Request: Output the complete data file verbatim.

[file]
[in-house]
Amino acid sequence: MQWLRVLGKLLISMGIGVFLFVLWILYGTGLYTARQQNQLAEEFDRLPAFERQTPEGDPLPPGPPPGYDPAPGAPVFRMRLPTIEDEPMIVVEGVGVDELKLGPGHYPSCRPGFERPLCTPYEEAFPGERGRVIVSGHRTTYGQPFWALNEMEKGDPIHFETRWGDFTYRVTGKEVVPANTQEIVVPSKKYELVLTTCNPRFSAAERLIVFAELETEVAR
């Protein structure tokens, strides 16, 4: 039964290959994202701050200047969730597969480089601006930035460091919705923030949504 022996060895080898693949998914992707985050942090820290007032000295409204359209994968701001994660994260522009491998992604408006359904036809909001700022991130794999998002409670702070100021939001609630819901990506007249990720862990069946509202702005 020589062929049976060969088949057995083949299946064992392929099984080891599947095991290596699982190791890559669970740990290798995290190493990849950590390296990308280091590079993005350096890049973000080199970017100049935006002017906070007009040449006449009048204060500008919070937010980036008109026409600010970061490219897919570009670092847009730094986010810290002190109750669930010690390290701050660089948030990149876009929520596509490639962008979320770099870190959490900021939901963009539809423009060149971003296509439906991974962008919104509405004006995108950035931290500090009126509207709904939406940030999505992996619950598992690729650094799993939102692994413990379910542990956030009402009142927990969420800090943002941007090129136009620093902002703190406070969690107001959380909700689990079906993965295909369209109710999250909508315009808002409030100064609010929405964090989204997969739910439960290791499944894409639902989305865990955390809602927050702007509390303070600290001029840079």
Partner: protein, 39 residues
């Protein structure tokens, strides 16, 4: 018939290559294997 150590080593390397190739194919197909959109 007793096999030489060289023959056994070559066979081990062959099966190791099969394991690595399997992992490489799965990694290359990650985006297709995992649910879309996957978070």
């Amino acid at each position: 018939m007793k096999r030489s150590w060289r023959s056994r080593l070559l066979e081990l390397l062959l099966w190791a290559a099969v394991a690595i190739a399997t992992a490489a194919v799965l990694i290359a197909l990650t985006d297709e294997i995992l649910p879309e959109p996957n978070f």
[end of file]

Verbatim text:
[in-house]
Amino acid sequence: MQWLRVLGKLLISMGIGVFLFVLWILYGTGLYTARQQNQLAEEFDRLPAFERQTPEGDPLPPGPPPGYDPAPGAPVFRMRLPTIEDEPMIVVEGVGVDELKLGPGHYPSCRPGFERPLCTPYEEAFPGERGRVIVSGHRTTYGQPFWALNEMEKGDPIHFETRWGDFTYRVTGKEVVPANTQEIVVPSKKYELVLTTCNPRFSAAERLIVFAELETEVAR
């Protein structure tokens, strides 16, 4: 039964290959994202701050200047969730597969480089601006930035460091919705923030949504 022996060895080898693949998914992707985050942090820290007032000295409204359209994968701001994660994260522009491998992604408006359904036809909001700022991130794999998002409670702070100021939001609630819901990506007249990720862990069946509202702005 020589062929049976060969088949057995083949299946064992392929099984080891599947095991290596699982190791890559669970740990290798995290190493990849950590390296990308280091590079993005350096890049973000080199970017100049935006002017906070007009040449006449009048204060500008919070937010980036008109026409600010970061490219897919570009670092847009730094986010810290002190109750669930010690390290701050660089948030990149876009929520596509490639962008979320770099870190959490900021939901963009539809423009060149971003296509439906991974962008919104509405004006995108950035931290500090009126509207709904939406940030999505992996619950598992690729650094799993939102692994413990379910542990956030009402009142927990969420800090943002941007090129136009620093902002703190406070969690107001959380909700689990079906993965295909369209109710999250909508315009808002409030100064609010929405964090989204997969739910439960290791499944894409639902989305865990955390809602927050702007509390303070600290001029840079």
Partner: protein, 39 residues
């Protein structure tokens, strides 16, 4: 018939290559294997 150590080593390397190739194919197909959109 007793096999030489060289023959056994070559066979081990062959099966190791099969394991690595399997992992490489799965990694290359990650985006297709995992649910879309996957978070």
């Amino acid at each position: 018939m007793k096999r030489s150590w060289r023959s056994r080593l070559l066979e081990l390397l062959l099966w190791a290559a099969v394991a690595i190739a399997t992992a490489a194919v799965l990694i290359a197909l990650t985006d297709e294997i995992l649910p879309e959109p996957n978070f």